Rare Rhino Caught On Video In Indonesia
The conservation group World Wildlife Fund (WWF) has released the world’s first footage of the extremely rare Java rhino near Indonesia’s Ujung Kulon National Park.
The grainy infrared footage portrays a rhino mother and calf and a male wallowing in mud holes. Fewer than 60 Java rhinos are said to be in existence.
Conservationists said the footage exhibits new behaviors of the rare creatures.
"These rhinos are very shy. In the last 20 years our team has only seen rhinos two or three times with their own eyes," WWF Asian rhino coordinator Christy Williams told AFP.
Their shyness is what has made them difficult to capture on film, Williams said. WWF has had still cameras in place in before, but the rhinos are often scared away by the shutter, or they attacked the cameras.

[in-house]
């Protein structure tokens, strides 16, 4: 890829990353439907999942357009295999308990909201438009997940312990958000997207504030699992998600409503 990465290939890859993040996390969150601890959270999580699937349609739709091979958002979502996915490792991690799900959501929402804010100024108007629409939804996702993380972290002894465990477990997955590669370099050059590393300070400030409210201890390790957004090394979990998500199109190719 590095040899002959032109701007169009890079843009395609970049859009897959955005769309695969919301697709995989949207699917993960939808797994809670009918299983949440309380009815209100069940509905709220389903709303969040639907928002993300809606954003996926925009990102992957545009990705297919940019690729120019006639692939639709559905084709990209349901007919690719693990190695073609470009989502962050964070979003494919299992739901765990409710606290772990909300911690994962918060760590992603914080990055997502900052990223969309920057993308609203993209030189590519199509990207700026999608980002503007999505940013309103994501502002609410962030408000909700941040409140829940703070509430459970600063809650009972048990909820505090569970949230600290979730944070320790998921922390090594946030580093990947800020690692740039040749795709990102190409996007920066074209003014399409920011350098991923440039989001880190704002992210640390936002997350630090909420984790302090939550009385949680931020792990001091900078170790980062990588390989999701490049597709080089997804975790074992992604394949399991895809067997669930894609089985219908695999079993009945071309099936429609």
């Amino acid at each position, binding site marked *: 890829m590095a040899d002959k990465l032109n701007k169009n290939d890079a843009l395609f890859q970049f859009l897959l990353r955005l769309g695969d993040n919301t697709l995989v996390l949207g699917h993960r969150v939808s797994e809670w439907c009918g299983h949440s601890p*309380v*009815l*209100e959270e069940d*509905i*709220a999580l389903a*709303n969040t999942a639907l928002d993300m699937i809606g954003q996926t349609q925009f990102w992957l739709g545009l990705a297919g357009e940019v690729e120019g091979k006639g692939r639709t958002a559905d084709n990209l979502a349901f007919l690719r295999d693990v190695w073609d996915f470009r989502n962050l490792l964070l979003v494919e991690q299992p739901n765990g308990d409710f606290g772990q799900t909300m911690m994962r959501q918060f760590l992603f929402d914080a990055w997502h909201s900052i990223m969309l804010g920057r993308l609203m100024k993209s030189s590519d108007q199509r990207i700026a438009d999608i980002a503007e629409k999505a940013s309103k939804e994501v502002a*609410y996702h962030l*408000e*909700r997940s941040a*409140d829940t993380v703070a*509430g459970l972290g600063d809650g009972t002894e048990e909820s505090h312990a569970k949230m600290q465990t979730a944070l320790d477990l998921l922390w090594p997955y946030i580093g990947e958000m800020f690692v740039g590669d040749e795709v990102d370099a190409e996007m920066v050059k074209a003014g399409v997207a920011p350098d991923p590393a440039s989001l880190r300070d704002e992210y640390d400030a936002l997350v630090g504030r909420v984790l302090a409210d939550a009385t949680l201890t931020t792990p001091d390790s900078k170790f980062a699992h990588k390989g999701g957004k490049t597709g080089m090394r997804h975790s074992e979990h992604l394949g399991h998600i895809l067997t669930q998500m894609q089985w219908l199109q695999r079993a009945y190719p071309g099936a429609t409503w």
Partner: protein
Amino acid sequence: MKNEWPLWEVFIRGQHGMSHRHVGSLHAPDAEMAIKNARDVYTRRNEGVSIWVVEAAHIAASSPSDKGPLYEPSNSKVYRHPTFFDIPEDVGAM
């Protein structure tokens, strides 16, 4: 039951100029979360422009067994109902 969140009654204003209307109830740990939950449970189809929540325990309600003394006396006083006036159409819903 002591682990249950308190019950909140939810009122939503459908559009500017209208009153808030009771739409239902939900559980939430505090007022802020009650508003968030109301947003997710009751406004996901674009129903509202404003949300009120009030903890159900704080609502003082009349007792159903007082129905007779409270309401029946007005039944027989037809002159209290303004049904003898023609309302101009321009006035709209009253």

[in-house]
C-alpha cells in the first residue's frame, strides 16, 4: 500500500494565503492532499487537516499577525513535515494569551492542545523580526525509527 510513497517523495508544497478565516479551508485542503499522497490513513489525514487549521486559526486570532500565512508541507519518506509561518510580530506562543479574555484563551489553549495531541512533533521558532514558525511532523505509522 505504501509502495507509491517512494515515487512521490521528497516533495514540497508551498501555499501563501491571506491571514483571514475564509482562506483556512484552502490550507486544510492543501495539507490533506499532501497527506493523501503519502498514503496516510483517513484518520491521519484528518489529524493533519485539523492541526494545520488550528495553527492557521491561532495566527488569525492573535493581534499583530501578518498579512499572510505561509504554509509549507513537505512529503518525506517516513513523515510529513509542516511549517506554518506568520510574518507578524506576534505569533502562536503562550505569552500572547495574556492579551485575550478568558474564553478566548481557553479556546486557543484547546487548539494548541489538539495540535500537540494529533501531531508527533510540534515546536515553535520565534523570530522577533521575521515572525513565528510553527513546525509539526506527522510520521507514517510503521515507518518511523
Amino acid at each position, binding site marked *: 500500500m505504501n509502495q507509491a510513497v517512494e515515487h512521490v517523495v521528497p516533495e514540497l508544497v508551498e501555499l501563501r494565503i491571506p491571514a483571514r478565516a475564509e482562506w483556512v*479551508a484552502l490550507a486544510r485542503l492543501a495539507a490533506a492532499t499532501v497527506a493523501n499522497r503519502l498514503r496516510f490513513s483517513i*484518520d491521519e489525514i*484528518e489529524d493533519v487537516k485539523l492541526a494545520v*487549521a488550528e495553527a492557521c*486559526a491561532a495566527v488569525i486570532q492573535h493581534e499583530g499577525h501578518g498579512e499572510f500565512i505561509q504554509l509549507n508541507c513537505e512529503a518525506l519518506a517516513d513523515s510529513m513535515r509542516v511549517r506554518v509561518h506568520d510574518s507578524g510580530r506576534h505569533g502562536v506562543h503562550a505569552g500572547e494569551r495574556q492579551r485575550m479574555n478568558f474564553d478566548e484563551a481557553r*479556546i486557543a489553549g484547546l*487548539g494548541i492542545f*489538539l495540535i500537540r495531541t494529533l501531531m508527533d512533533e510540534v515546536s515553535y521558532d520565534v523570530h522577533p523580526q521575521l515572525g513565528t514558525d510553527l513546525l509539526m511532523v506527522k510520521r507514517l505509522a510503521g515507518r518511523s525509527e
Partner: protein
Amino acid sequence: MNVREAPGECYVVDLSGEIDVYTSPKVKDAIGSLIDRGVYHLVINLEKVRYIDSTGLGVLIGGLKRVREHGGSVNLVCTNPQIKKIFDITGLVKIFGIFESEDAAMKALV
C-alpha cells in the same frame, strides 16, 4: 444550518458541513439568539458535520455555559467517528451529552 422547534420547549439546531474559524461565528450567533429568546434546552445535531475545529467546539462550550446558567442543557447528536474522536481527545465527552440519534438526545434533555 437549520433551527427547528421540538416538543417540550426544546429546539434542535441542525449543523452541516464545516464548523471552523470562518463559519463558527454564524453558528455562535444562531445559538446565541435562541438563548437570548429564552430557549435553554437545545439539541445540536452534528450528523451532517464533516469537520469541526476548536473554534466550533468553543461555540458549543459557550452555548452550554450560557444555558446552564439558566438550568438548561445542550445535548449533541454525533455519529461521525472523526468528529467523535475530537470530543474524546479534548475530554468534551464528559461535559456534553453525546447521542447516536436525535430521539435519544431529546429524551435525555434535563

Researchers installed 34 cameras equipped with infrared triggers that cause them only to take footage when motion is sensed.
"The videos are showing a lot of young animals but not many calves so even though there is evidence of breeding it is not enough," Williams said.
"A healthy rhino population should be increasing at about seven percent a year or about three or four calves, but here we are getting three or four calves every four or five years."
Adhi Rachmat Hariyadi, who leads WWF-Indonesia’s project in Ujung Kulon, said the team has retrieved footage of nine Java rhinos, including a mother and a calf.
"We are concerned because we have not seen many very young calves in Ujung Kulon National Park for several years and worry that the population may be dependent on two or three breeding females," he said.
Weighing up to 5,070 pounds and measuring more than 10 feet in length, the Javan rhinoceros has been protected since 1931 in Indonesia, according to WWF.
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